This is a charming debut for this Australian author which combines so many elements that young readers will return again and again to discover something new.  Even if they don’t have the luxury of their own garden, this is one they can share and put themselves in the picture. And if they are not familiar with figs, perhaps that’s something that could go on the shopping list, a bit of research for a recipe, some cooking…and more in-context, meaningful learning accomplished!


Nelson 1: Pumpkins and Aliens

Nelson 1: Pumpkins and Aliens

Nelson 1: Pumpkins and Aliens










Nelson 1: Pumpkins and Aliens

Andrew Levins

Katie Kear

Puffin, 2020

176pp., pbk., RRP $A12.99


Nelson hates vegetables. He hates the smell of them, he hates the look of them. Most of all, he hates eating them, which can be tricky when you live in a family that loves them.  His grandparents grow them, his father cooks them and the family devour them – all except Nelson who has the grossest pile of smuggled, uneaten vegetables stored under his bed. His greatest hate is pumpkins but this is pumpkin season and his grandfather has grown his best crop ever – which he brings to town weekly so Nelson’s dad can cook them in every way imaginable.  

The other thing that Nelson hates is school, particularly Mr Shue who has been his teacher for four years, since Kindergarten.  They are always on a collision course. But when his grandmother tricks him into swallowing an entire bowl of pumpkin soup, and he discovers that he has superpowers, will he us them to save the school and Mr Shue from aliens from Neptune – aliens that he invented in a moment of desperation?

This is the first in a fast-paced series that will appeal to newly-independent readers who are ready for something more meaty but still having the short chapters and liberal illustrations to support them.  With its premise that will resonate with many, characters that are easily recognisable and the type of exaggerated humour that appeals to its target audience,  Levins has created a series that children will engage with and parents will love, simply because it may encourage a lot more vegetable eating and the battles about eating the daily requirement may be over. Unlike Nelson who was looking for ways to hide his veges, perhaps readers will even be moved to seek out pumpkin recipes and then cook them and share their opinions with their friends in this time of stay-at-home. 

The Fabulous Cakes of Zinnia Jakes 1: The Crumbling Castle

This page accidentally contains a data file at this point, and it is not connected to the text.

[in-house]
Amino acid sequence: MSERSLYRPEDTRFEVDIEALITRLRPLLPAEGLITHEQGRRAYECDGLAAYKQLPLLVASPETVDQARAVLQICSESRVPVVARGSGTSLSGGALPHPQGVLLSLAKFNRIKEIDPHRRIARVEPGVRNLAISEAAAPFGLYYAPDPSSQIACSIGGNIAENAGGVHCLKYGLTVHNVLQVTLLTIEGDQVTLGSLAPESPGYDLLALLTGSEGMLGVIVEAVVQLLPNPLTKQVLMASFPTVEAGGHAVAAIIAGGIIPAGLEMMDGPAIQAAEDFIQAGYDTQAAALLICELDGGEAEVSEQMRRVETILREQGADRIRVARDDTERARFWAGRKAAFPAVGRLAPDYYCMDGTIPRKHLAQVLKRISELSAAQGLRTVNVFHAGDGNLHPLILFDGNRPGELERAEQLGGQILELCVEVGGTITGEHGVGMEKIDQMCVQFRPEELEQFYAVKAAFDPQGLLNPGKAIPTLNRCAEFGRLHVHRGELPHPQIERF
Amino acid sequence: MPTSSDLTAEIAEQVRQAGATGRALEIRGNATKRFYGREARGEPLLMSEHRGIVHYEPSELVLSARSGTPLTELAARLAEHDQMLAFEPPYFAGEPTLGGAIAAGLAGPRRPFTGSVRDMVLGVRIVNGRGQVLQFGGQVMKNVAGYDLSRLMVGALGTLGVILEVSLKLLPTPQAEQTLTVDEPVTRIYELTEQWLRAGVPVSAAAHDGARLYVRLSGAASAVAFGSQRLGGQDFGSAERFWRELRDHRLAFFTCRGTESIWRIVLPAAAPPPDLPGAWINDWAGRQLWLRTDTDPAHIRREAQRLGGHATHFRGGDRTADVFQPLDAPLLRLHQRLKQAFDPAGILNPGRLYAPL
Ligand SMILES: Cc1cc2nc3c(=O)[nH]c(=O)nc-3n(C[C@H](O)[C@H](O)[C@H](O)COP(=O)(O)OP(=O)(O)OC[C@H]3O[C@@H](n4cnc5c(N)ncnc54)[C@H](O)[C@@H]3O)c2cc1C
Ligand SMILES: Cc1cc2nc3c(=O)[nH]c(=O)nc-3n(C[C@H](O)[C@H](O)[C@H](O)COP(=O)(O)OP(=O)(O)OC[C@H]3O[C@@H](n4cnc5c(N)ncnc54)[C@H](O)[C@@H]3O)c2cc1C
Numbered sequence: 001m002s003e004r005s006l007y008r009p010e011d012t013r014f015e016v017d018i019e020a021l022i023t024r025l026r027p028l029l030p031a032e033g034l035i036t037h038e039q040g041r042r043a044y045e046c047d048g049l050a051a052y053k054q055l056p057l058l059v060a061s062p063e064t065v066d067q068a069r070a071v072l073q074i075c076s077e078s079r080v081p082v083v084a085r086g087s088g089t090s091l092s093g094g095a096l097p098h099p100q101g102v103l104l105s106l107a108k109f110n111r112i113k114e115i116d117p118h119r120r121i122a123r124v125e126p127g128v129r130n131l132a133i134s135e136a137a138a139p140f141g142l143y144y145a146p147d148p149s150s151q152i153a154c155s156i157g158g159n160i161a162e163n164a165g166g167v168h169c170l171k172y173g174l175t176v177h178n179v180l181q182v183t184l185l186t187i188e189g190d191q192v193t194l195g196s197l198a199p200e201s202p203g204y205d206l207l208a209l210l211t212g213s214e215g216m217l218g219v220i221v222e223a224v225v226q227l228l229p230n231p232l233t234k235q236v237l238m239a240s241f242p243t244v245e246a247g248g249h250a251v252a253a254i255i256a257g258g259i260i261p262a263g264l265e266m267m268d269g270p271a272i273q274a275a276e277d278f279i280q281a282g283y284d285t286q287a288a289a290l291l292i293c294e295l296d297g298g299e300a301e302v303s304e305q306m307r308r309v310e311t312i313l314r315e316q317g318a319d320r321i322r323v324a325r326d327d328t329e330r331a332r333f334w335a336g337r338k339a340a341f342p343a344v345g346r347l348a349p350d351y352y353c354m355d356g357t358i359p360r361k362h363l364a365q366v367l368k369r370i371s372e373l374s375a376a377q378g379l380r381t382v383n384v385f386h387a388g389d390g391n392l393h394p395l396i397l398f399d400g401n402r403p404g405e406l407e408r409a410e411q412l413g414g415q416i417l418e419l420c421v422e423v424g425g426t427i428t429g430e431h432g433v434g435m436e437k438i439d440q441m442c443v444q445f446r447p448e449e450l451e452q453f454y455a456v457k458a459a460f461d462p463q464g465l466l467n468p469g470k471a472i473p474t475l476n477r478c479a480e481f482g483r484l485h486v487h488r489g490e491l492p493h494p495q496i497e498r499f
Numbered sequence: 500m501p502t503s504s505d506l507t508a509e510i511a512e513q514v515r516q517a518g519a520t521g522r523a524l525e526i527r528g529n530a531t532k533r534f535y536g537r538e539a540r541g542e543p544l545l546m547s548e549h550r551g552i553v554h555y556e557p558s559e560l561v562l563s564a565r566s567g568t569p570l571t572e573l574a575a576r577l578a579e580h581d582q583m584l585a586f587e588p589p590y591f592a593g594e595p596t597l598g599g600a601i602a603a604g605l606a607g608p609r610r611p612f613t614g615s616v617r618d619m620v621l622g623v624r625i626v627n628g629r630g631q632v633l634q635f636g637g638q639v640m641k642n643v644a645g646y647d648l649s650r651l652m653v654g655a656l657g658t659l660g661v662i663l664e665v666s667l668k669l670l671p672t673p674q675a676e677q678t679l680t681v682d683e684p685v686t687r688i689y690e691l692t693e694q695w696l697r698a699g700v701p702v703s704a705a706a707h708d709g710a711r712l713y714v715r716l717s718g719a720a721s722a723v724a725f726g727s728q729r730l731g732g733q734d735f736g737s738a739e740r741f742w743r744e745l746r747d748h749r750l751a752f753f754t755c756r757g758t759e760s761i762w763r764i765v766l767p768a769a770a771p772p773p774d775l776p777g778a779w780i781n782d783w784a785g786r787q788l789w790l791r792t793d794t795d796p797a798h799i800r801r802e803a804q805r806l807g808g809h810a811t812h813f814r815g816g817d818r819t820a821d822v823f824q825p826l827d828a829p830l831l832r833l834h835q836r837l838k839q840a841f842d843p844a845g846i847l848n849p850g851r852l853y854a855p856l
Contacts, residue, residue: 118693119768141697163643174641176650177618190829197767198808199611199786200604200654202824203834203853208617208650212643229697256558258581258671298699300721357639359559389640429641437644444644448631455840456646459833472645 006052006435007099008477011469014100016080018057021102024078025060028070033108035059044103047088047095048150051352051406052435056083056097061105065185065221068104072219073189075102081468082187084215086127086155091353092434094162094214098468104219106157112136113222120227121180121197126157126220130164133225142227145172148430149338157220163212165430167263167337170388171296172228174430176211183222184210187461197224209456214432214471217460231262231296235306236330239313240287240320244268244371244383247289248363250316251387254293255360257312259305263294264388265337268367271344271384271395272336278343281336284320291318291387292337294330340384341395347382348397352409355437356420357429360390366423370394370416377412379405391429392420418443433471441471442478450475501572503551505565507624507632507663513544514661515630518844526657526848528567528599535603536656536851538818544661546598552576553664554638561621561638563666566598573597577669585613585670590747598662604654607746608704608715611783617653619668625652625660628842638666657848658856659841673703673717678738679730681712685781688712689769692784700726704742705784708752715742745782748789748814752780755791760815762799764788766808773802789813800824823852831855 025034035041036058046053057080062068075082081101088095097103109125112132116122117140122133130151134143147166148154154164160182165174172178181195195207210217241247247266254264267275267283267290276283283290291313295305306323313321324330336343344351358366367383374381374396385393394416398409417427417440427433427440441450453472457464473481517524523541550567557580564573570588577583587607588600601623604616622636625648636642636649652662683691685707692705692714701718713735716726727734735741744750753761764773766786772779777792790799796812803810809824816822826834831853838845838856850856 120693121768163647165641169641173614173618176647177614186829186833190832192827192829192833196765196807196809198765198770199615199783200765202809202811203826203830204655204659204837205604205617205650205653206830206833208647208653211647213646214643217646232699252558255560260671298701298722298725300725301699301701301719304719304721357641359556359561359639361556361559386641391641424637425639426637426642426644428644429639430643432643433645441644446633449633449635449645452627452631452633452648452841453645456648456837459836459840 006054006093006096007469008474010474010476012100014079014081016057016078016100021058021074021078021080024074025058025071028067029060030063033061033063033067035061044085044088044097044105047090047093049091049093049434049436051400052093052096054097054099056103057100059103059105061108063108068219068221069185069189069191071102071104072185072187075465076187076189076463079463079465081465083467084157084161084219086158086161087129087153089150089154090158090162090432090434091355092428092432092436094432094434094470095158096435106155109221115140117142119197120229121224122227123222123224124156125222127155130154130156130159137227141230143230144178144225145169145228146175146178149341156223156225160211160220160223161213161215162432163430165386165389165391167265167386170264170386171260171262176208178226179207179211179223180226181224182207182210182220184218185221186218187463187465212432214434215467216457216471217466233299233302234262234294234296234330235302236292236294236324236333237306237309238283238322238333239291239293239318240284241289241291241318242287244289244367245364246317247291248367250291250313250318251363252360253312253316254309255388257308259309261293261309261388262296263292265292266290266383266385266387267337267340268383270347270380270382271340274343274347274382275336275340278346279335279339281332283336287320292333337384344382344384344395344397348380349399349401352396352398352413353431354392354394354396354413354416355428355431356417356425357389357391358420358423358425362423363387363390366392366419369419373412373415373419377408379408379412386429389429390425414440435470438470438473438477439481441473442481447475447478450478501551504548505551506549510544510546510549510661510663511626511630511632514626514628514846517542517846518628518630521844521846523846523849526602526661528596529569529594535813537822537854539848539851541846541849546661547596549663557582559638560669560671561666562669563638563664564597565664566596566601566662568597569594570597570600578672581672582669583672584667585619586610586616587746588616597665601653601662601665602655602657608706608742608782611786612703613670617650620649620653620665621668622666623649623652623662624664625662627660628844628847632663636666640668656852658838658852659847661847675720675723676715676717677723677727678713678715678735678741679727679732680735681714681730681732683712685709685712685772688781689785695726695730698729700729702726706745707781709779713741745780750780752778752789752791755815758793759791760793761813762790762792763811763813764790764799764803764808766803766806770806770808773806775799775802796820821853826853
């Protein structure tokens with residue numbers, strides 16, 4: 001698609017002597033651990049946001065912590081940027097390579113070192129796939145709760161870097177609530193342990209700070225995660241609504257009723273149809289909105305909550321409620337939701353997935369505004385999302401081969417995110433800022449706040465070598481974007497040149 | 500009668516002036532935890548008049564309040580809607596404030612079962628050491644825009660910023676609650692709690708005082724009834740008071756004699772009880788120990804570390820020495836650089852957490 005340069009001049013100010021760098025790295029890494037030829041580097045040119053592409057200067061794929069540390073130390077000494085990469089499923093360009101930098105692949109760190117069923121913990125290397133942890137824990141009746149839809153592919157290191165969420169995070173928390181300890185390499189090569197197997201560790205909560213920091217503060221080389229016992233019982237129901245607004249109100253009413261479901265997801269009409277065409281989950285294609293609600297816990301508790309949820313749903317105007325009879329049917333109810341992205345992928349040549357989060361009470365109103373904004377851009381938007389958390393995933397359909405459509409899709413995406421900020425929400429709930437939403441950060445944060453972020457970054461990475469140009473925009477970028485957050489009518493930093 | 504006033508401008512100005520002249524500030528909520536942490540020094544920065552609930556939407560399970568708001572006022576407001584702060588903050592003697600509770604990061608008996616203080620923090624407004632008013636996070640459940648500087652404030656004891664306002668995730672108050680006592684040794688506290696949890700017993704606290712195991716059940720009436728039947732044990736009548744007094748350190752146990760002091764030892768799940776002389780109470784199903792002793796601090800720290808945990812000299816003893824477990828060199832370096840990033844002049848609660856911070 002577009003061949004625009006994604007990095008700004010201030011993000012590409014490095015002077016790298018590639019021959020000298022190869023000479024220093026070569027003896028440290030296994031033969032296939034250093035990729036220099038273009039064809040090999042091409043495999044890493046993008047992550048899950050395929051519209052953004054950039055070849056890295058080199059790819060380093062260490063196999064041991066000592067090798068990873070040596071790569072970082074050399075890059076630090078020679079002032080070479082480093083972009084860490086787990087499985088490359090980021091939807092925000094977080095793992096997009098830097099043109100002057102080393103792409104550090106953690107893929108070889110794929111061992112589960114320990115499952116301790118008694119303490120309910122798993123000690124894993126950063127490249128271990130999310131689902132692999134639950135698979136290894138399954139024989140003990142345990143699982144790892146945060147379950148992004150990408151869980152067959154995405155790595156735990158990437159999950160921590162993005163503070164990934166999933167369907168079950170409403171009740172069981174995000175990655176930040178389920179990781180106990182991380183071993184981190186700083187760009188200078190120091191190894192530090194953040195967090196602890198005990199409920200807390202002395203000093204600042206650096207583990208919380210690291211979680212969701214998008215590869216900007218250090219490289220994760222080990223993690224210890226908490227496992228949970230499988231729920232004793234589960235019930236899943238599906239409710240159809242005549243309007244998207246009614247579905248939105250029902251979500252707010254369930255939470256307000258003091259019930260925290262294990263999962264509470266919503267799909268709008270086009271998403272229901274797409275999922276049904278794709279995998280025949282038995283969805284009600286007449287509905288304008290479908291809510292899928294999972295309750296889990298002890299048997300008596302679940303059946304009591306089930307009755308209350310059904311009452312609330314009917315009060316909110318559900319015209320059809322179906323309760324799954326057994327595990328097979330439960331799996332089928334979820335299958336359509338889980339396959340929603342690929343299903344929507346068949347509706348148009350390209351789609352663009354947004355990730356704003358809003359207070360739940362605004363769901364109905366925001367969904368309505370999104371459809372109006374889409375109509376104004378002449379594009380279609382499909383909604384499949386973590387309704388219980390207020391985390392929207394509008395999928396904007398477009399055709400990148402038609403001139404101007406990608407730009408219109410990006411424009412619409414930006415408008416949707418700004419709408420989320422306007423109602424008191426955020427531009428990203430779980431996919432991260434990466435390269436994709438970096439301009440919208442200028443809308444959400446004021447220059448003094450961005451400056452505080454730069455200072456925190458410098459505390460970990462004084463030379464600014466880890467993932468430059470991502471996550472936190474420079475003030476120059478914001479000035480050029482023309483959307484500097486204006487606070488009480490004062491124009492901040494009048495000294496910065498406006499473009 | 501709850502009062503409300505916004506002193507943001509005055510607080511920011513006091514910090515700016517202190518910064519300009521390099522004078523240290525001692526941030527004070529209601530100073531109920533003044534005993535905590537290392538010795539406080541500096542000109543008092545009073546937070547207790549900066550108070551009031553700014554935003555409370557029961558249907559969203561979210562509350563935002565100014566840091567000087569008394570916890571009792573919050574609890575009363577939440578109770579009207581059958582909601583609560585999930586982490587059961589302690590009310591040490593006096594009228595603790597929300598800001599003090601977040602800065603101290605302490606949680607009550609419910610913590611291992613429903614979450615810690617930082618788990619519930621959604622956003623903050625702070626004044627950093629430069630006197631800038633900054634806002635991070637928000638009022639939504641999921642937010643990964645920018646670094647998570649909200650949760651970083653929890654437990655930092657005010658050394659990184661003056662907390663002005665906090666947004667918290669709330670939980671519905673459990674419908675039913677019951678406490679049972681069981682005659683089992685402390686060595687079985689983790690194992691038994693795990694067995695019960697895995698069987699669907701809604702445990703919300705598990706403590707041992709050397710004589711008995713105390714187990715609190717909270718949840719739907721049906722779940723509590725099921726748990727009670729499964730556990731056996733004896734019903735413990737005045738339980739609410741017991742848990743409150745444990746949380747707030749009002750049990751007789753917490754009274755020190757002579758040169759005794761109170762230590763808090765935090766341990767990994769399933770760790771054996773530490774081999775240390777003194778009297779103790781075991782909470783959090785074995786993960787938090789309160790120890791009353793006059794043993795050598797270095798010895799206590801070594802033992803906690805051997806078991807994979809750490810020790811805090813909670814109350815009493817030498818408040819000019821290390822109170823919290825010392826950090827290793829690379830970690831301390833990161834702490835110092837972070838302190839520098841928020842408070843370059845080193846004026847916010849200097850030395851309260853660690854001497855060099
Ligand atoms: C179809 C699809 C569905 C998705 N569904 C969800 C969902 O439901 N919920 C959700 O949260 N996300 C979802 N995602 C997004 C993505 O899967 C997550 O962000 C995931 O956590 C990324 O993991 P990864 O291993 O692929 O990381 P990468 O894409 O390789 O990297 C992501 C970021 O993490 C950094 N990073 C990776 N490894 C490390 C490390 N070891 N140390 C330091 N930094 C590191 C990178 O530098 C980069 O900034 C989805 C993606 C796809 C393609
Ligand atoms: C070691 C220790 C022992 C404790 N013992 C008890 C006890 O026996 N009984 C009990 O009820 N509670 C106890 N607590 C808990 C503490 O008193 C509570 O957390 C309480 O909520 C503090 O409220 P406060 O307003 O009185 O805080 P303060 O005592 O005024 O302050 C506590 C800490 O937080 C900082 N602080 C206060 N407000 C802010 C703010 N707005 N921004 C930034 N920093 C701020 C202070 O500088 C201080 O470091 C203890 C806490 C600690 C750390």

The Fabulous Cakes of Zinnia Jakes 1: The Crumbling Castle

The Fabulous Cakes of Zinnia Jakes 1: The Crumbling Castle










The Fabulous Cakes of Zinnia Jakes 1: The Crumbling Castle

Brenda Gurr

New Frontier, 2020

88pp., pbk., RRP $A14.99


Zoe Jones has a hidden talent and a secret identity.  Daughter of one of the most famous pastry chefs in the world, sadly dead now, and a secret globe-trotting international food critic, at the age on nine, she has inherited her mother’s interests and talents, and when she is not at school she creates masterpieces that are highly sought after, aided and abetted by her guardian Aunty Jam.  

In this, the first in the series, she gets a new pastry order for a special medieval crumbling cake, but she has no idea where to start! It needs to be ready in less than a day for the school fair and the clock is ticking. Will she deliver it on time and remain the undercover secret pastry chef everyone talks about?

Given the shortage of eggs, flour and other baking ingredients on the supermarket shelves at the moment, it can be assumed that there might be many budding pastry chefs like Zinnia Jakes emerging from kitchens and so this is a timely release that should have widespread appeal to young, newly independent readers.  While different to the Sage Cookson series, it nevertheless caters to a similar audience of younger readers with an interest in food, and while they wait for the second episode, The Tumbling Tortoises,  due in October 2020, they could indulge themselves with that collection.  


Oscar the Hungry Unicorn Eats Christmas

Oscar the Hungry Unicorn Eats Christmas

Oscar the Hungry Unicorn Eats Christmas










Oscar the Hungry Unicorn Eats Christmas

Lou Carter

Nikki Dyson

Orchard, 2019

32pp., pbk., RRP $A15.99


Oscar the unicorn is always hungry and on Christmas Eve he is eating his way through the palace Christmas preparations.  The stockings, the tree the presents… But the trouble really starts when he eats the reindeer food meaning the reindeer no longer have their magic power to fly.  How will Santa deliver the presents?

This is a bright captivating tale that will enchant our youngest readers as they continue the Christmas Countdown to that special night. There is lots of humorous detail in the pictures, particularly the one focusing on Christmas morning and this is likely to be one that is requested again and again.